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THE INSIDE TRACK | MORNING BRIEFING

Tyson Can Have Eye of the Tiger, But Not Cat Itself

December 16, 1996|EARL GUSTKEY

Things keep getting worse for Mike Tyson.

First, he loses to Evander Holyfield.

Now, they're taking away his tiger.

An Ohio judge refused recently to let Tyson keep a tiger on his northeastern Ohio estate.

Judge Mitchell Shaker of Trumbull County Common Pleas Court ruled that a zoning board was correct in denying Tyson a zoning variance.

Tyson's attorney filed suit, contending that the township's zoning laws were unconstitutional. He argued that Tyson had a right to keep the cat because it was for exhibit and promotional purposes, not a pet. Tyson's home is in an area zoned for business.

"It is difficult for the court to visualize how the keeping of wild animals is protected by any of the amendments to the Constitution," Shaker wrote.

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Trivia time: Gary Beban, who won in 1967, remains UCLA's only Heisman Trophy winner. What other Bruins came close?

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Bed check: Walter Bush, president of USA Hockey, says there's no reason to believe reports that arrangements for the 1998 Winter Olympics in Nagano, Japan, are behind schedule, or that accommodations for competitors and guests will be substandard.

"Perhaps the Japanese are shorter than we are, but I'm sure the beds will be fine," Bush said.

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Grateful runner-up: In the last week of December 1994, USC's football team was in Dallas for the Cotton Bowl game.

Vanderbilt University sent its private jet to Dallas to pick up USC assistant coach Mike Riley and fly him to Nashville for a late-night interview with university officials.

Riley was a finalist for the Vanderbilt job, but it went instead to NFL assistant Rod Dowhower.

Update: Dowhower was fired last week, after two losing seasons. And Riley became Oregon State's head coach.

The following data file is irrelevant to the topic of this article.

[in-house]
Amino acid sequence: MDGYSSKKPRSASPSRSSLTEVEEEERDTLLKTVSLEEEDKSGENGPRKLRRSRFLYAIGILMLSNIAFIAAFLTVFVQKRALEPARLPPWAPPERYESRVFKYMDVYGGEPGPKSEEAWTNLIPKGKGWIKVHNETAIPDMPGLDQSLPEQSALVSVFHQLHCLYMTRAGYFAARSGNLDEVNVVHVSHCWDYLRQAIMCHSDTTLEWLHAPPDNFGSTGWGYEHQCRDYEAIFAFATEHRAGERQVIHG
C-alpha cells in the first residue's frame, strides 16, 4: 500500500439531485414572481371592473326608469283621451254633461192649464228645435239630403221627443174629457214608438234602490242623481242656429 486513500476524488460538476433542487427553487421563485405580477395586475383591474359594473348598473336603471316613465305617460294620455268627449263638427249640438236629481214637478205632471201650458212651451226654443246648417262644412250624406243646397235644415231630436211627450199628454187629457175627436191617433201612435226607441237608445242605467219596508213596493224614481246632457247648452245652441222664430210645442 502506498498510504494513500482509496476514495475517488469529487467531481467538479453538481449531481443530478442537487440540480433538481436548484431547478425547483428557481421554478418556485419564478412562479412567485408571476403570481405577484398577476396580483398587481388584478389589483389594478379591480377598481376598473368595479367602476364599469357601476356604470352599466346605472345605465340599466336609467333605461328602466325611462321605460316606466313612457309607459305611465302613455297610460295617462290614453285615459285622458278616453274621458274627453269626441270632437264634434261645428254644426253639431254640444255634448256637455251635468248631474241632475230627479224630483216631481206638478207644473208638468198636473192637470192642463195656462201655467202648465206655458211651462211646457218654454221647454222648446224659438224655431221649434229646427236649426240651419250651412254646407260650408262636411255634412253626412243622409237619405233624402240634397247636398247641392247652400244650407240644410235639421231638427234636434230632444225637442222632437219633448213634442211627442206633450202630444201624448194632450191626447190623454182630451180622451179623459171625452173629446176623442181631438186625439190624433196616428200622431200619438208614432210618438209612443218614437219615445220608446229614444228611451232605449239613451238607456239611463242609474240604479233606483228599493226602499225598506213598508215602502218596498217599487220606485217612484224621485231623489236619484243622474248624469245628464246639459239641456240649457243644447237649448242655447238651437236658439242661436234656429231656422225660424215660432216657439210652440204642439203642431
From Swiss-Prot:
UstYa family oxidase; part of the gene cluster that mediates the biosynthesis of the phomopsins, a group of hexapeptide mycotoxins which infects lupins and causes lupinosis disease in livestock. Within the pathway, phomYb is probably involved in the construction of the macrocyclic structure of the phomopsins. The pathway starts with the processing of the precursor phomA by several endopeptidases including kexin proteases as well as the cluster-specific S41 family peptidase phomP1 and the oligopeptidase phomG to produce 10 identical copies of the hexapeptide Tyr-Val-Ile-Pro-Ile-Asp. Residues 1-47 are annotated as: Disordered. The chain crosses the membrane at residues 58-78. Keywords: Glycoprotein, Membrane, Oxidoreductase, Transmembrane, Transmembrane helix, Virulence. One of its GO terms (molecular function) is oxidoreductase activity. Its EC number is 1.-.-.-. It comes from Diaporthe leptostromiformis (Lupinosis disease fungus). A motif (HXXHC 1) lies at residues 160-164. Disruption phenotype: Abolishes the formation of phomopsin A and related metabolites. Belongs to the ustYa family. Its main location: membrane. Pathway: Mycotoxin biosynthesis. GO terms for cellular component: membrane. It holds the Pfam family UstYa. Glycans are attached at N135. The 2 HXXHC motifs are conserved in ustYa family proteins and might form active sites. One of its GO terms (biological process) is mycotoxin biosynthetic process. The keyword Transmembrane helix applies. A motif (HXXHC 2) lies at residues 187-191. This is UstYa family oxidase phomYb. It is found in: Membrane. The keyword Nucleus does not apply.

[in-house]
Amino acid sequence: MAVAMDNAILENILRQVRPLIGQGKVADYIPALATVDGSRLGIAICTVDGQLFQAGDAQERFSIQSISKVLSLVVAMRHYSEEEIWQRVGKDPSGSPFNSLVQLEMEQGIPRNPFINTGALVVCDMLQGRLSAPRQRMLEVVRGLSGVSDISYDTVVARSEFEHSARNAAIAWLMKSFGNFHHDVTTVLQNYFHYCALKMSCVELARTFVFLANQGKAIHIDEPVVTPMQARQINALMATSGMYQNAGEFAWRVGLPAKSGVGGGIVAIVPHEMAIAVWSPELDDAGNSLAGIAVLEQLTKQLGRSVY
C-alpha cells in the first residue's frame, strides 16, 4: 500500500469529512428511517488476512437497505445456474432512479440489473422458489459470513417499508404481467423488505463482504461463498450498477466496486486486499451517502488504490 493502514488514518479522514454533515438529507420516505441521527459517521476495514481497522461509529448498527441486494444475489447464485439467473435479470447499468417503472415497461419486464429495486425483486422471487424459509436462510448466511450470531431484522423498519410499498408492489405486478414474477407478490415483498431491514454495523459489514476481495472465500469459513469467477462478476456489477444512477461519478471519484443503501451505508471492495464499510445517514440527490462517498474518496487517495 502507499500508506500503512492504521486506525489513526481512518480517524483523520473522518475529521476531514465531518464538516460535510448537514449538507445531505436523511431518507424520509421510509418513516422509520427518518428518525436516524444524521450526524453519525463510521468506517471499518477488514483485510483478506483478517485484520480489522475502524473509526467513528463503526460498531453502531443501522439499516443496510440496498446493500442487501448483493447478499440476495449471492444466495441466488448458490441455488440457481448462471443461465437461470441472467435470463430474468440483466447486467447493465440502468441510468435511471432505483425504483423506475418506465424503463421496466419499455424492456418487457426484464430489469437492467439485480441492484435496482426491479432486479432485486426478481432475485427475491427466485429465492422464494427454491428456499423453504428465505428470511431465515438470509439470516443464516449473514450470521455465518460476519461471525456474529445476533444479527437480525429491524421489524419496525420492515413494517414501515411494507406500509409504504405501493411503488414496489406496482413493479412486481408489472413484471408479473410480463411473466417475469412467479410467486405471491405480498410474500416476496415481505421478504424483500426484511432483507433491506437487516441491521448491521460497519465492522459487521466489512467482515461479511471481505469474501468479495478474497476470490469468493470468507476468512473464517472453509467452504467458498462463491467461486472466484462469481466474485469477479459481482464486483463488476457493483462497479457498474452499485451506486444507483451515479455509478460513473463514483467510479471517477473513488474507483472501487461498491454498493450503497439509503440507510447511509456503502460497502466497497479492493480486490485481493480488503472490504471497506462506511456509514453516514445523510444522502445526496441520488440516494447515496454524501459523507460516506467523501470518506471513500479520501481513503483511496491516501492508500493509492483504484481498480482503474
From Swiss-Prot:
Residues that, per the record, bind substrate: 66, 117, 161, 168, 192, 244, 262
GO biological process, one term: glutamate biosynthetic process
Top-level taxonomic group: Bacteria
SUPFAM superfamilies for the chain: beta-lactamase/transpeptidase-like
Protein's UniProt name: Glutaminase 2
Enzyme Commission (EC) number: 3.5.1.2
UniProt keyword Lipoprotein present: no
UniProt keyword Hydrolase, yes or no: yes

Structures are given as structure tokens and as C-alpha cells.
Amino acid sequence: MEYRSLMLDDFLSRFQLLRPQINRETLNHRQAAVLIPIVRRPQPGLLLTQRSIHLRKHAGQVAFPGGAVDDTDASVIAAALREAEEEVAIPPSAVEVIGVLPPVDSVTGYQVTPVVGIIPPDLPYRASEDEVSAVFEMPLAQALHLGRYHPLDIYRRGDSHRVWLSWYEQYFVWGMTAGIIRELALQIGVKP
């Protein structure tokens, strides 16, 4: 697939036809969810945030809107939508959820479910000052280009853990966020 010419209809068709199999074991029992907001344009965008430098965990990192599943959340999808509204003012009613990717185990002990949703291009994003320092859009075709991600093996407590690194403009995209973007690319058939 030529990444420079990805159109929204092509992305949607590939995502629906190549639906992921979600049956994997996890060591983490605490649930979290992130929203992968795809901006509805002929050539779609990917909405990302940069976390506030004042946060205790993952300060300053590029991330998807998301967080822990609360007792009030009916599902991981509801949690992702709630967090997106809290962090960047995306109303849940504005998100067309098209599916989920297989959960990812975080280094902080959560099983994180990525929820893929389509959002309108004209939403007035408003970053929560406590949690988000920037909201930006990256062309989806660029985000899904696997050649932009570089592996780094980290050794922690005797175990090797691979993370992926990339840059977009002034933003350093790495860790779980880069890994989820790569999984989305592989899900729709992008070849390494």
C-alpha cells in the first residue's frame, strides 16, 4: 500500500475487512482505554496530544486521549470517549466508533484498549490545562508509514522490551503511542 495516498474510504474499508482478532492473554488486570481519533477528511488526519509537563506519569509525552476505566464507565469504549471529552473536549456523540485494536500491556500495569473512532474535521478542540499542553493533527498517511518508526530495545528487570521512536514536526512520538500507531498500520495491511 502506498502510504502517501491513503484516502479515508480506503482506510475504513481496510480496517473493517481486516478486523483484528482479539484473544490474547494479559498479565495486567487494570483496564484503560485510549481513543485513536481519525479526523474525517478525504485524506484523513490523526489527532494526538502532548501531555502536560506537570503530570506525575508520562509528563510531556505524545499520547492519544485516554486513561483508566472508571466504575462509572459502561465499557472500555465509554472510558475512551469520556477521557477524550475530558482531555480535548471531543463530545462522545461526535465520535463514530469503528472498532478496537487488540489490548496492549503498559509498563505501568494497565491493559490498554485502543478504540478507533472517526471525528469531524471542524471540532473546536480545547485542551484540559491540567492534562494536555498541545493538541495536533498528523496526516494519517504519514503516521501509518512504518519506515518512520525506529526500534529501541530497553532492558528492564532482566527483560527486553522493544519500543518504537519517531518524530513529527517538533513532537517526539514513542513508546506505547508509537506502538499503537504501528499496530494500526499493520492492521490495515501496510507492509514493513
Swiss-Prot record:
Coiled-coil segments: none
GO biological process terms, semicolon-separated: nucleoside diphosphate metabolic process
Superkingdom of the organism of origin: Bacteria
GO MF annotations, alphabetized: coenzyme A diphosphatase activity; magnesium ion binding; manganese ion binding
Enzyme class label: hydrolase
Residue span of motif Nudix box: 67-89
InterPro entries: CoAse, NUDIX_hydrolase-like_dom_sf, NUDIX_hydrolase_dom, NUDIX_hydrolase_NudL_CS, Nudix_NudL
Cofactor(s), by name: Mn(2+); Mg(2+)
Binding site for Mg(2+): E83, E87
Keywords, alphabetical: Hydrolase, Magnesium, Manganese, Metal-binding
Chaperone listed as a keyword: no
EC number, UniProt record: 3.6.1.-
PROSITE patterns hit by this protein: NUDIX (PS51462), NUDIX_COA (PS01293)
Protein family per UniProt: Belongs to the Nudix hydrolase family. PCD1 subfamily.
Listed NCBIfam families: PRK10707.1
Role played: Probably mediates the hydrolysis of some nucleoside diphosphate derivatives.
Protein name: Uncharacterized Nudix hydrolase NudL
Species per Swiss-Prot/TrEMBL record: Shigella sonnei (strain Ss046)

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Civics lesson: Because of three high school students in Colfax, Wis., AAU medals stripped from Jim Thorpe in 1912 will be returned to Thorpe's descendants.

A native American who died in 1953, Thorpe was voted in 1950 America's greatest athlete of the first half-century. He won Olympic decathlon and pentathlon gold medals and later played major league baseball and pro football.

When it was learned after the 1912 Olympics that Thorpe had played semipro baseball for $2 a game, his Olympic medals were taken back and so were numerous AAU medals. The Olympic medals were returned to Thorpe's family in 1984, but not the AAU medals.

Enter Colfax High juniors Mark Ralph, Kyle Kraft and Bob Hoffman, in 1996.

Looking for a history class project, they came across the Thorpe-AAU case while browsing the Internet.

Their resulting paper found its way to the AAU, which recently voted to return Thorpe's medals.

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Trivia answer: Donn Moomaw was fourth in the 1952 balloting, Paul Cameron third in 1953, and Troy Aikman third in 1988. Beban was also fourth in 1966.

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And finally: From the Miami Herald's Greg Cote, who has been ripping the Dallas Cowboys lately: "The Cowboys employ scouts. But not to watch other teams. To look out for cops."

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